By O’S News Service April 28, 2015 Some 9,000 people who developed bladder cancer after using Actos —a diabetes drug in pill form— have been offered a $2.4 billion settlement from the manufacturer, Takeda Pharmaceutical. The story is buried on page 2 of today’s New York Times.
Takeda’s marketing of Actos faithfully followed the murderous playbook of Big PhRMA. At the start, the manufacturers ignored and buried ominous clinical-trial data. In the end they denied liabilty, magnanimously agreeing to settle “to reduce the uncertainties of complex litigation.”
Class-action suits like the Actos victims’ are preceded by individual cases in which the defendant drug companies assess the mood of jurors. Judges often knock down the amounts jurors want the corporados to pay in punitive damages. In the only Actos case tried in federal court, the judge knocked down the jury’s $9 billion verdict to $36.8 million.
Also typical: Takeda has made many times more money in sales of Actos than they will have to pay the victims —and they can use the payout as a tax write off! The Times story by Andrew Pollack notes that Actos sales got a boost in 2007 after “concerns arose” that Avandia, another diabetes drug taken orally, caused heart attacks.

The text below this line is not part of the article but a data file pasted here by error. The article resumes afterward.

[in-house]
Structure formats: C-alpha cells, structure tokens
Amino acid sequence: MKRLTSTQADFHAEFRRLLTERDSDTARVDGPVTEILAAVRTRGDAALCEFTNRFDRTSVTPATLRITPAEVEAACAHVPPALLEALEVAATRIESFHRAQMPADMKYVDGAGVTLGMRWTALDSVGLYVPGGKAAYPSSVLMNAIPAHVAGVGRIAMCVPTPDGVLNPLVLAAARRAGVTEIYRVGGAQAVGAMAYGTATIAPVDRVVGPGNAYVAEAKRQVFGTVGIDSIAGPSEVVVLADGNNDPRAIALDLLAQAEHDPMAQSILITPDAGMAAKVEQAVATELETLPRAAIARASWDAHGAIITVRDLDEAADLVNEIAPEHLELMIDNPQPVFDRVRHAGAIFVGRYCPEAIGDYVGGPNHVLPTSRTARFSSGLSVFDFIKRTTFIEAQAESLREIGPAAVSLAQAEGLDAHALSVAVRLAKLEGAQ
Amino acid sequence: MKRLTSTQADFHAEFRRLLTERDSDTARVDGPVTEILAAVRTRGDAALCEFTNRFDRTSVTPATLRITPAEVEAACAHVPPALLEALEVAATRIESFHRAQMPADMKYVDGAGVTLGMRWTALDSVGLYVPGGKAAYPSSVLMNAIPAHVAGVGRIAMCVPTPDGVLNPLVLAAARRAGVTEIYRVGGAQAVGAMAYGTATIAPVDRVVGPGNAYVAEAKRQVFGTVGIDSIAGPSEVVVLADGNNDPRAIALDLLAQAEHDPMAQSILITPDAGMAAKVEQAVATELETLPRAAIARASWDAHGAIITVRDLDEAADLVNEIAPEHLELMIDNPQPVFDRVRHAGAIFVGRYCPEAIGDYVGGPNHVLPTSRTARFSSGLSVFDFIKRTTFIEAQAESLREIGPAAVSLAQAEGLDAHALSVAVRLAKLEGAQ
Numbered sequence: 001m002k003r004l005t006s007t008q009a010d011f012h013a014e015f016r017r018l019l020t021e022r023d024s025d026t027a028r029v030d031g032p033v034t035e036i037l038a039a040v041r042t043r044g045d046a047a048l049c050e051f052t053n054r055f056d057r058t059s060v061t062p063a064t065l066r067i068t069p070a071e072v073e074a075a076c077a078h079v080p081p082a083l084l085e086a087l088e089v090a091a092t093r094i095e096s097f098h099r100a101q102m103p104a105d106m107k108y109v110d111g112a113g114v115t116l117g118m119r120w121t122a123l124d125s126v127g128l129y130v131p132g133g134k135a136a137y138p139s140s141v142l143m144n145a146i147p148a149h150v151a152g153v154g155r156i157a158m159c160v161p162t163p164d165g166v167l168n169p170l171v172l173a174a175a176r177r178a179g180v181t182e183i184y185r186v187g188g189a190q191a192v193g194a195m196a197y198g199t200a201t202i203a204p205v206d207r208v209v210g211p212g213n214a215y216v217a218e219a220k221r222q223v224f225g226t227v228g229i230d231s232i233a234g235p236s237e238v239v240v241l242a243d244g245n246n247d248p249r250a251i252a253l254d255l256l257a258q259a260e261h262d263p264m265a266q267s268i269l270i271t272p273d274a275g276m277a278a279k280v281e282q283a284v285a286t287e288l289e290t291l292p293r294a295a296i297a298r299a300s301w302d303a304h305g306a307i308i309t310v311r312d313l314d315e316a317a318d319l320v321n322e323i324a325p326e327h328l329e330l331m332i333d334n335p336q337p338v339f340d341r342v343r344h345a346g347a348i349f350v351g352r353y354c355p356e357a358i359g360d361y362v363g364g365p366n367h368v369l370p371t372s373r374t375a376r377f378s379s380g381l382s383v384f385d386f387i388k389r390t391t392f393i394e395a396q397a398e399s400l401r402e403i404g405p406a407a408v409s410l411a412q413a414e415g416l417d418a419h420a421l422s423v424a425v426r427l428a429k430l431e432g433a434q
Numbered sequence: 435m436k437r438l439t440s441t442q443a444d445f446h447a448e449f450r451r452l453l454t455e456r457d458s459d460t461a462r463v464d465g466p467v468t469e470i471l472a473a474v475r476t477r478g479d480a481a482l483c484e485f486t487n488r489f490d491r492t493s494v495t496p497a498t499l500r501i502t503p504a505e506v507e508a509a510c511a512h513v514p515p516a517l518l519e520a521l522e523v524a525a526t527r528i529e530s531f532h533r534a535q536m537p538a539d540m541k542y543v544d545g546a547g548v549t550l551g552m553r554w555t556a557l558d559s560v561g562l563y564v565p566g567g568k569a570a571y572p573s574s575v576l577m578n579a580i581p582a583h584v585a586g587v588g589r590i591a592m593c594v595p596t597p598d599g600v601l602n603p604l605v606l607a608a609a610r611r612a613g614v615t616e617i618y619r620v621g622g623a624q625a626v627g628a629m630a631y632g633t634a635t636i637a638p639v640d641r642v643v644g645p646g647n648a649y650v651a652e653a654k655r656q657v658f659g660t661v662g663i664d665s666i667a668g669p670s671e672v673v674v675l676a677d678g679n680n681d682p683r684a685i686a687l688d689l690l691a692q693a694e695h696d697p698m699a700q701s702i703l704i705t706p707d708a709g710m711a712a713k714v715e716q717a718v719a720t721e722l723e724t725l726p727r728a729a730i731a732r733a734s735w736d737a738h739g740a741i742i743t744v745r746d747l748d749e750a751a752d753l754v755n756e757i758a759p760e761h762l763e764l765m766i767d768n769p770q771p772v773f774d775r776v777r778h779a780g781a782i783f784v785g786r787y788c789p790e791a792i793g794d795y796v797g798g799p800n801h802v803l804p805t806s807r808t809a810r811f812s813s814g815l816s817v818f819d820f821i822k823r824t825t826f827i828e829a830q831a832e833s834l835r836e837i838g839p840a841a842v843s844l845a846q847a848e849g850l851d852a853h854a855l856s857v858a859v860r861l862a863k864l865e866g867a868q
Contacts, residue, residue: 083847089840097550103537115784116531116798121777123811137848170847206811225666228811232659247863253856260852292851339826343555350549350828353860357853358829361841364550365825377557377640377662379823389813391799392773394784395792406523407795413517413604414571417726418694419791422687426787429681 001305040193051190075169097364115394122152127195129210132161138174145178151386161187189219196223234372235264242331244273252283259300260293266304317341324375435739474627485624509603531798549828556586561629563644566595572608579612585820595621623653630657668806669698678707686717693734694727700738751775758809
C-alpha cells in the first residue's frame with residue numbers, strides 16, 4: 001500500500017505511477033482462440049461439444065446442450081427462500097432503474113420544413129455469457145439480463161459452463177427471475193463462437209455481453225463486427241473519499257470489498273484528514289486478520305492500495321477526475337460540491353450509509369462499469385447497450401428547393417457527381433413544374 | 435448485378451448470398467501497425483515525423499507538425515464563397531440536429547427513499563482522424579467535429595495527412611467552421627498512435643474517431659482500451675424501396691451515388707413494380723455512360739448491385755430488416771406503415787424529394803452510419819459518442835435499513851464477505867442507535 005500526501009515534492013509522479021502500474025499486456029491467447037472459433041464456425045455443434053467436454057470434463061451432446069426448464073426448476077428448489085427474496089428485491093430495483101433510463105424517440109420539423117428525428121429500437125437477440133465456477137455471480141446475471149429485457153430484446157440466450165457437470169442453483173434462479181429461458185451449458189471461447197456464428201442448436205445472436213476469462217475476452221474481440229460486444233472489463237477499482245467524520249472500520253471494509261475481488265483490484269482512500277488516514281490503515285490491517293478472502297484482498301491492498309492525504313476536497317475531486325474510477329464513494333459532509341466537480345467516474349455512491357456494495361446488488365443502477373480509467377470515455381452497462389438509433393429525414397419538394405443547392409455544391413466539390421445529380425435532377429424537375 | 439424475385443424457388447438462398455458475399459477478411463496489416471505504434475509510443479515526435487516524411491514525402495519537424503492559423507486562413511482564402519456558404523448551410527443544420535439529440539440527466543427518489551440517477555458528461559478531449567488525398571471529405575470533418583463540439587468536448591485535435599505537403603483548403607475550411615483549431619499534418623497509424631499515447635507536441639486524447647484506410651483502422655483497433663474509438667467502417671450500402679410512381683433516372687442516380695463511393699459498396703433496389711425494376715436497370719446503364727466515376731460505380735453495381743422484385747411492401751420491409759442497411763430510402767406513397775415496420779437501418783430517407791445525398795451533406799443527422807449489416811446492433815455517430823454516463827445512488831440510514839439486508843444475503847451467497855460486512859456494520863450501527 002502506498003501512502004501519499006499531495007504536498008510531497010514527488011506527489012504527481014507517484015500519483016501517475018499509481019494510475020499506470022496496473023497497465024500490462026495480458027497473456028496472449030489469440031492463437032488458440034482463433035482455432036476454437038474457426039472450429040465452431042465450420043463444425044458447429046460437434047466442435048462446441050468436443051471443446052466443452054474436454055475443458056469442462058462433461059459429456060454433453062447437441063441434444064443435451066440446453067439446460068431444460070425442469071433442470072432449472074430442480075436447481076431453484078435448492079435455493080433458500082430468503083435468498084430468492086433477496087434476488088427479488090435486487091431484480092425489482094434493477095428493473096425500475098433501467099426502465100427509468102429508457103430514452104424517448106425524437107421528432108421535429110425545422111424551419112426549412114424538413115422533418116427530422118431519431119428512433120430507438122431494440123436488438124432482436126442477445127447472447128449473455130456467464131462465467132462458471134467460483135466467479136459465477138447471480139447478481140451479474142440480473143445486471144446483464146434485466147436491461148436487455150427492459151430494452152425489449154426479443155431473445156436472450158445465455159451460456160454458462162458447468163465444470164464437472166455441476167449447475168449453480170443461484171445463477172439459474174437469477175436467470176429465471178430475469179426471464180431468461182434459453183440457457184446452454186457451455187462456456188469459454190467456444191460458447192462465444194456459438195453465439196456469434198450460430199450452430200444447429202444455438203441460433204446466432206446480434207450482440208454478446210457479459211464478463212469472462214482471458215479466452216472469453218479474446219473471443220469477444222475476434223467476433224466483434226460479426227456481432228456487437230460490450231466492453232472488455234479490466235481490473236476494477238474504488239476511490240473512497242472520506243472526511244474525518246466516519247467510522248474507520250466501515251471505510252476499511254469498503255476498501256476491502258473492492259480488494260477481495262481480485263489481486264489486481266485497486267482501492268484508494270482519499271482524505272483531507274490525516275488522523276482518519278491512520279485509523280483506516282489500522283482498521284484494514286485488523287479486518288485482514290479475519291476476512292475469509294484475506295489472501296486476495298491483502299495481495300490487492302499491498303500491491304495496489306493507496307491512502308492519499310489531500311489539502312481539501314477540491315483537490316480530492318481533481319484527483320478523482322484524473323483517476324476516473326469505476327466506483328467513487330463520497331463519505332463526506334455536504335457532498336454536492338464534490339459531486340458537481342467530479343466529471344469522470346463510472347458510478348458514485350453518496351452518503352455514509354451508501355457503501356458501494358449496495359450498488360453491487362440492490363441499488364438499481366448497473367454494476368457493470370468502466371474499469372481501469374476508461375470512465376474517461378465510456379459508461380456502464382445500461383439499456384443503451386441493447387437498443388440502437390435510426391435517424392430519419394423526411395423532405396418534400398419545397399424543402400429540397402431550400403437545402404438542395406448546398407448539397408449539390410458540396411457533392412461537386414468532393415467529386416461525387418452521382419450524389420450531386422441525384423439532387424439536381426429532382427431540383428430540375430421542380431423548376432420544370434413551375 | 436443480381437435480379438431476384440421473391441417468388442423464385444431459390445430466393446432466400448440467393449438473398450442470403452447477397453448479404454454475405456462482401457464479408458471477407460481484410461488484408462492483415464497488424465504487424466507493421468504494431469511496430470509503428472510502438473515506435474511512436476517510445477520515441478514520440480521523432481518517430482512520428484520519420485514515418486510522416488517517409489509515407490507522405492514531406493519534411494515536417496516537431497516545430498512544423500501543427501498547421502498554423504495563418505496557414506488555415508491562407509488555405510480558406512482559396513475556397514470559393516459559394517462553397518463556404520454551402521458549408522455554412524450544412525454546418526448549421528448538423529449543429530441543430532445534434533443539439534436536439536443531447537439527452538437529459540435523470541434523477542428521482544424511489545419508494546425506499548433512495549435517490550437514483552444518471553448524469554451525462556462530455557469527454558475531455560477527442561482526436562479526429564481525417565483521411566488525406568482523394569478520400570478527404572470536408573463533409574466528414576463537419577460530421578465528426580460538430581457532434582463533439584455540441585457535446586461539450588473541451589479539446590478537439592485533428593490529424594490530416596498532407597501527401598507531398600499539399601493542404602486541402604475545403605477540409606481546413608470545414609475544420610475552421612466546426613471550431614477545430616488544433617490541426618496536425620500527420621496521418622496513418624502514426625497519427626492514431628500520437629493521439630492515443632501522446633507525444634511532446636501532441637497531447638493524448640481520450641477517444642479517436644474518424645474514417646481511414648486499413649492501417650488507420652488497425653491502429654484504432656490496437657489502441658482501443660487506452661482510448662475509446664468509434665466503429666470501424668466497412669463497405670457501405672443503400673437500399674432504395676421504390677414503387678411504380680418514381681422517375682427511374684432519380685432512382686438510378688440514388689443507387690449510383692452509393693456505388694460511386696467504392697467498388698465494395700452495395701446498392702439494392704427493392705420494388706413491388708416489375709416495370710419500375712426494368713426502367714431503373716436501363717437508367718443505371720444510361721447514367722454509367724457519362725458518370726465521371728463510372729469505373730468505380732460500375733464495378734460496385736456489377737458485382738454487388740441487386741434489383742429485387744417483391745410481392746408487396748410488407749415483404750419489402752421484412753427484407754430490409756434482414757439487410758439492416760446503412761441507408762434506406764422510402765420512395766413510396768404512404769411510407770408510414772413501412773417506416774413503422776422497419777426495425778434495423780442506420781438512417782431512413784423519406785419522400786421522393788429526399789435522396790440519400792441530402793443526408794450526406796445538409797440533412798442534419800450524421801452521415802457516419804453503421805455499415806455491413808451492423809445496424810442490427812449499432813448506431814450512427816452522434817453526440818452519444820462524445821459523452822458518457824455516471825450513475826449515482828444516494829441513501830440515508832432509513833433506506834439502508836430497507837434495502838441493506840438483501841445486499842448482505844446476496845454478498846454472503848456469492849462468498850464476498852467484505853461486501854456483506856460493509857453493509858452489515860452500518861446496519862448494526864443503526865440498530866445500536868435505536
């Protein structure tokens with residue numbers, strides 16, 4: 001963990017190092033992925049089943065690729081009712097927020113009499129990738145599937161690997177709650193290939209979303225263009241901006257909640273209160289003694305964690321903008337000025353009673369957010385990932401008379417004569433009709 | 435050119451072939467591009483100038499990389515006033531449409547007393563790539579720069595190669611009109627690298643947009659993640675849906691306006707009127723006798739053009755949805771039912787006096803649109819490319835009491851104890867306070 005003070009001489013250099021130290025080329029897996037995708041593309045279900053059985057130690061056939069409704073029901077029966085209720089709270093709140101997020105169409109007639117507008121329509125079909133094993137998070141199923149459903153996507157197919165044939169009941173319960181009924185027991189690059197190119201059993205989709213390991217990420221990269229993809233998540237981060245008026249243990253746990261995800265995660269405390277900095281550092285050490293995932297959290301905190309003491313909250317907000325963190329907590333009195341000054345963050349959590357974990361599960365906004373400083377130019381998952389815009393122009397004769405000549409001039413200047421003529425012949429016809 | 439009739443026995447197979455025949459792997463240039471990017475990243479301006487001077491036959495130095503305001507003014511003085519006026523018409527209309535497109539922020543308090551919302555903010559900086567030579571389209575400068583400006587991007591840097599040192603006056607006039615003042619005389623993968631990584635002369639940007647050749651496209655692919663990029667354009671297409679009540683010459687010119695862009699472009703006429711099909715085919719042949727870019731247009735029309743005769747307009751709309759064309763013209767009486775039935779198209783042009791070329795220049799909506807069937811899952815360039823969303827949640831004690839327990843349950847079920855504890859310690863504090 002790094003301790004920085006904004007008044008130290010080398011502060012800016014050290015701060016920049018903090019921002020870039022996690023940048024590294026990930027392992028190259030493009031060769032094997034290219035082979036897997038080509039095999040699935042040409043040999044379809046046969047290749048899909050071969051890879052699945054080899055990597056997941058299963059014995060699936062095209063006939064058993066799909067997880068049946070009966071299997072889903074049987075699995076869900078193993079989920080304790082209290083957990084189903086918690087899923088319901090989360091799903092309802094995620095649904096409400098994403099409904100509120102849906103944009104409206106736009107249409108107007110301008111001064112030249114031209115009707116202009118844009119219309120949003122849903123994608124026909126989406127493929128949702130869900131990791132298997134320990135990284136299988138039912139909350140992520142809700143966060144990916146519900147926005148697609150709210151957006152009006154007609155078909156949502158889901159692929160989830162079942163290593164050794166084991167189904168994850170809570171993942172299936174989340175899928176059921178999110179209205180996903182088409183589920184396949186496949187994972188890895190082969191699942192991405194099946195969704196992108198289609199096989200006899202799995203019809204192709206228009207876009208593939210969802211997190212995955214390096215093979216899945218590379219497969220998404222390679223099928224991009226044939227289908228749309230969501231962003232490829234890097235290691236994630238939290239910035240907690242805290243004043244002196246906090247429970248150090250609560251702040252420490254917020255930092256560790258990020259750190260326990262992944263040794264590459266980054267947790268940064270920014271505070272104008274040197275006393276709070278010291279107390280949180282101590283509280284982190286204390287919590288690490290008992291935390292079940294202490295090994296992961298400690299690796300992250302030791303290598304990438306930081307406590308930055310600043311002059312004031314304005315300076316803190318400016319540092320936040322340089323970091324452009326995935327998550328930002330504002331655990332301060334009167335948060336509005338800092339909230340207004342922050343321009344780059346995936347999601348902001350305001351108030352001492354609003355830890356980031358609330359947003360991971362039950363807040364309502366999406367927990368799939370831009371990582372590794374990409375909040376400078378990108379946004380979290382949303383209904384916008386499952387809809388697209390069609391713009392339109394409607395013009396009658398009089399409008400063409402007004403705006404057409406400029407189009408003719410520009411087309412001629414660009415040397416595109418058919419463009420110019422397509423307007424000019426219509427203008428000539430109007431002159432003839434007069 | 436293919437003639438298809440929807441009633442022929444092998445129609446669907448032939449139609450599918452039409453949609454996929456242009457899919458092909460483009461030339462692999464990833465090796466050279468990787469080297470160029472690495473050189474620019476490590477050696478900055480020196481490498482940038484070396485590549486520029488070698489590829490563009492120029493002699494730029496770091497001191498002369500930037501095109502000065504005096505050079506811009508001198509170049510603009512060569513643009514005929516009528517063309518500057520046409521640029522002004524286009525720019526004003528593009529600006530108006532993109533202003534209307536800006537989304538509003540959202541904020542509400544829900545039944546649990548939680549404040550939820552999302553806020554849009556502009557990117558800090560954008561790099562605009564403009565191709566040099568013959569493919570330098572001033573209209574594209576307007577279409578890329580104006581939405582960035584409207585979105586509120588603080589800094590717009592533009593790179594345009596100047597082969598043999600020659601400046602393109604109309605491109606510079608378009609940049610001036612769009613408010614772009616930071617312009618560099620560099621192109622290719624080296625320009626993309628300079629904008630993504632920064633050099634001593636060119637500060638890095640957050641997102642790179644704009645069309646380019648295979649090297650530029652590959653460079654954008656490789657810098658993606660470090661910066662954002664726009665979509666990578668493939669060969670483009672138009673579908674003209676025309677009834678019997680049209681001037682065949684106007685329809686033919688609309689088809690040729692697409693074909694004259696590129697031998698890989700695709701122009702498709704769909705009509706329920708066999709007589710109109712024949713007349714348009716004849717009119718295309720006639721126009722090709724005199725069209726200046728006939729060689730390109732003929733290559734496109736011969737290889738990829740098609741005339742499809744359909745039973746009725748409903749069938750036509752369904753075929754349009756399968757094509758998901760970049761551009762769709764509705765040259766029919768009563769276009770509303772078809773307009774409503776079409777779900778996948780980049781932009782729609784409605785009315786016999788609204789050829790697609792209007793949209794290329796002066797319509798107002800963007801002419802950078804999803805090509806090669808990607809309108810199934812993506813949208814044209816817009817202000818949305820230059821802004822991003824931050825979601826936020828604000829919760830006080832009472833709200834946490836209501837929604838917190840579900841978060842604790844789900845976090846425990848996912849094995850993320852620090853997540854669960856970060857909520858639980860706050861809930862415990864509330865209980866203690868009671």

Typical, too, was the Times covering the Actos tragedy as a business story. Three-thousand Americans killed by terrorists is the biggest political story of our time. More than three thousand Americans killed by a drug company doesn’t even make it to page 1 of the business section. And it’s a one-day story.
Actos remains on the market in the U.S. and Japan. Paying off victims is considered part of “the cost of doing business.” Nice system you got, boys.